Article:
The opinion of the court was delivered by: Judge James M. Munley United States District Court
Before the court for disposition are two motions to dismiss filed by Defendant Pennsylvania Department of Education. The first motion seeks dismissal of the complaint filed by Plaintiff Delaware Valley School District, and the second motion seeks dismissal of the counterclaim filed by Defendants/Counterclaim Plaintiffs P. W., by and through his parents James and Patricia W. The motions have been fully briefed and are ripe for disposition.
Plaintiff Delaware Valley is a public school district organized under the Pennsylvania Public School Code of 1949 (Doc. 1, Compl. ¶ 1). Defendant P.W. is a student residing in the Delaware Valley School District (hereinafter "DVSD"). (Id. at ¶ 2). Defendants James and Patricia W. are P.W.'s parents. (Id. at ¶3). Defendant Pennsylvania Department of Education (hereinafter "PDE") is a governmental entity and a state educational agency as defined by the Individuals with Disabilities Education Act. ("IDEA"), 20 U.S.C. § 1041(32) (Compl. ¶ 4).
P.W. is eligible for special education services as a student with mental retardation and autism. (Id. at ¶8). Pursuant to the IDEA, DVSD developed individual educational plans (hereinafter " IEPs") to ensure that plaintiff received free and appropriate public education (hereinafter "FAPE"). P.W.'s parents were not satisfied with the IEP's developed by the school for him and requested a "due process hearing" with regard to the 2005/2006 school year as well as the 2006/2007 school year. (Id. at ¶ ¶ 34-35). Eight hearings were subsequently held. (Id. at ¶ 36). The hearing officer awarded P.W. 360 hours of compensatory education for math instruction, 27 hours of compensatory education for social skills/pragmatic language and 72 hours of compensatory education for behavior support. (Id. at ¶ 37). The parents had sought many more hours of compensatory education. Both the parents and the school district appealed the decision of the hearing officer to the Special Education Appeals Panel ("Appeals Panel"). (Id. at ¶ ¶ 37-38). The Appeals Panel affirmed the twenty-seven (27) hours of compensatory education for social skills/pragmatic language. It decreased the compensatory award for math instruction to 252 hours and increased the amount of compensatory education for behavior support to 720 hours. (Id. at ¶ 39).
The school district now appeals the decision of the Appeals Panel to this court pursuant to 20 U.S.C. § 1415(i)(2); 35 C.F.R. § 300.516(a). (Id. at ¶ 42).
The complaint is comprised of three counts. The first count is the appeal of the award of the Appeals Panel. The second count seeks indemnification from the PDE, and the third count seeks contribution from the PDE.
In response to the complaints, Defendant P.W. filed an answer and a cross-claim against PDE. (Doc. 4). The cross-claim contains the following four (4) counts: 1) violation of IDEA; 2) disability discrimination in violation of the Americans with Disabilities Act ("ADA" and 42 U.S.C. § 1983; 3) disability discrimination in violation of Section 504 of the Rehabilitation Act, 42 U.S.C. 12132; and 4) reimbursement of attorney fees under IDEA, Section 504 and 42 U.S.C. § 1988.
Defendant PDE has moved to dismiss both the plaintiff's complaint and Defendant P.W.'s cross-claim pursuant to Federal Rules of Civil Procedure 12(b)1; 12(b)4; 12(b)5 and 12(b)6, bringing the case to its present posture.
As this case is brought pursuant to federal statutes, we have jurisdiction under 28 U.S.C. § 1331 ("The district courts shall have original jurisdiction of all civil actions arising under the Constitution, laws, or treaties of the United States.").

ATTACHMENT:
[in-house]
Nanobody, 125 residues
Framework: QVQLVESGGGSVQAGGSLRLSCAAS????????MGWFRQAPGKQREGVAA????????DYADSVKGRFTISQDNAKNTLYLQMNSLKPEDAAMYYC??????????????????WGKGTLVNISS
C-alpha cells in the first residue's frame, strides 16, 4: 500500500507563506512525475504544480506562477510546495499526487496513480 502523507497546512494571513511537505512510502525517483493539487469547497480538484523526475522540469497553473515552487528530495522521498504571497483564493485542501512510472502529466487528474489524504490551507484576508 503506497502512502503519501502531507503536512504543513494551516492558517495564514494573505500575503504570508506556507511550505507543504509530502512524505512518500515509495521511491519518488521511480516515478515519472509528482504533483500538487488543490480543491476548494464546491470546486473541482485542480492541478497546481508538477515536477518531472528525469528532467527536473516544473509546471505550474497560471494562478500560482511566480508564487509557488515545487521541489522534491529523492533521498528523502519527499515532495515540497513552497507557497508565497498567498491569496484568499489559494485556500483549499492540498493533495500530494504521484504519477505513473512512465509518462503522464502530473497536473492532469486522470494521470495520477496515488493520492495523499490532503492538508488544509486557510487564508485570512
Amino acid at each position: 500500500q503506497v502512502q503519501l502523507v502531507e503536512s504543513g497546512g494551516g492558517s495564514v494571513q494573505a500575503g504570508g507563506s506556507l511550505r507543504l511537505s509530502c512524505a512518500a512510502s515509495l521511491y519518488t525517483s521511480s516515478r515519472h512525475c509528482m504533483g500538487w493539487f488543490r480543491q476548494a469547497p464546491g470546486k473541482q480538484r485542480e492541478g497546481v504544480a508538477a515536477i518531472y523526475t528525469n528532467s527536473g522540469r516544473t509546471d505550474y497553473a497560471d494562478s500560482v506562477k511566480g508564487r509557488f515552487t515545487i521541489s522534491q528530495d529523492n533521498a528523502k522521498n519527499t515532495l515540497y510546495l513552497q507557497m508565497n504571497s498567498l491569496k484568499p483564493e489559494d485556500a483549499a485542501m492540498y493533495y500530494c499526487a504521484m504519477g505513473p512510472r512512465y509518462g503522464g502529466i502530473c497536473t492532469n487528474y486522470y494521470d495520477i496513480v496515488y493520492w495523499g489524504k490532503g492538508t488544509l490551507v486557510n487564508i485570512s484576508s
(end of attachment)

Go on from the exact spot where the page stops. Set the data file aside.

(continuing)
When a 12(b)(6) motion is filed, the sufficiency of a complaint's allegations are tested. The issue is whether the facts alleged in the complaint, if true, support a claim upon which relief can be granted. In deciding a 12(b)(6) motion, the court must accept as true all factual allegations in the complaint and give the pleader the benefit of all reasonable inferences that can fairly be drawn therefrom, and view them in the light most favorable to the plaintiff. Morse v. Lower Merion Sch. Dist., 132 F.3d 902, 906 (3d Cir. 1997).
Initially, we will provide a brief overview of the various statutes invoked by the plaintiff and the cross-claim plaintiffs. As noted above, plaintiffs have brought suit pursuant to the IDEA. The purpose of the IDEA is to "assure that all handicapped children have available to them ... a free appropriate public education." 20 U.S.C. § 1400(c). In order to receive federal funding to aid in the education of the disabled, states must provide programs that comply with IDEA requirements. 20 U.S.C. § 1412. Included in the requirements is that the state must have in effect "a policy that assures all children with disabilities the right to a free appropriate public education." 20 U.S.C. § 1412(1).
The congressional goal of providing a free appropriate education is implemented through the use of an IEP, which is developed for each disabled child. 20 U.S.C. § 1412(4). The IEP is developed by the parents, representatives of the school and where appropriate, the disabled child. 20 U.S.C. § 1414(b). It sets out "the child's present educational performance, establishes annual and short-term objectives for improvements in that performance, and describes the specially designed instruction and services that will enable the child to meet those objectives." Honig v. Doe, 484 U.S. 305, 311 (1988). A yearly review of the IEP is performed to determine if any revisions are necessary to provide a free and appropriate education to each child's unique needs. Id.
The student's cross-claim also involves a claim made pursuant to section 504 of the Rehabilitation Act, 29 U.S.C. § 729 (hereinafter "section 504" or "RA"). This statute prohibits discrimination against the disabled in ...